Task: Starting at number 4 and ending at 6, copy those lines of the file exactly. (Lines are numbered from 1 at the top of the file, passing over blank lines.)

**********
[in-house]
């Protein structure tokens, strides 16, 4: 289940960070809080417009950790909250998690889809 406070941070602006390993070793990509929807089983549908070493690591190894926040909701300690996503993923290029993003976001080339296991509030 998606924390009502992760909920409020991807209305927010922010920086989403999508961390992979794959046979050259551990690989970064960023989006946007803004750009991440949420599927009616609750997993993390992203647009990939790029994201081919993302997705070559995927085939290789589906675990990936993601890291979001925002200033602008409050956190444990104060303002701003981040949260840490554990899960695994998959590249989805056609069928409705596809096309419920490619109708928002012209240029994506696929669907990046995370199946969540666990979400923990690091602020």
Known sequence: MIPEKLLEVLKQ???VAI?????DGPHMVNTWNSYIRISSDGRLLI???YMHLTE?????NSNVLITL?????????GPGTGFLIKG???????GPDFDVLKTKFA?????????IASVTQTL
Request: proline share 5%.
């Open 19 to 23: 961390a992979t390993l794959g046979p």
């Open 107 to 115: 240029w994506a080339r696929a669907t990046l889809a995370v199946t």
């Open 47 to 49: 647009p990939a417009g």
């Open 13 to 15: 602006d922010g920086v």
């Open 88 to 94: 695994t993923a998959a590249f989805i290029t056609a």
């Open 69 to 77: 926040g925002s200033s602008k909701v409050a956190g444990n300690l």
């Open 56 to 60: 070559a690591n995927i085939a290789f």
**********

Request: proline share 5%.
């Open 19 to 23: 961390a992979t390993l794959g046979p």
């Open 107 to 115: 240029w994506a080339r696929a669907t990046l889809a995370v199946t």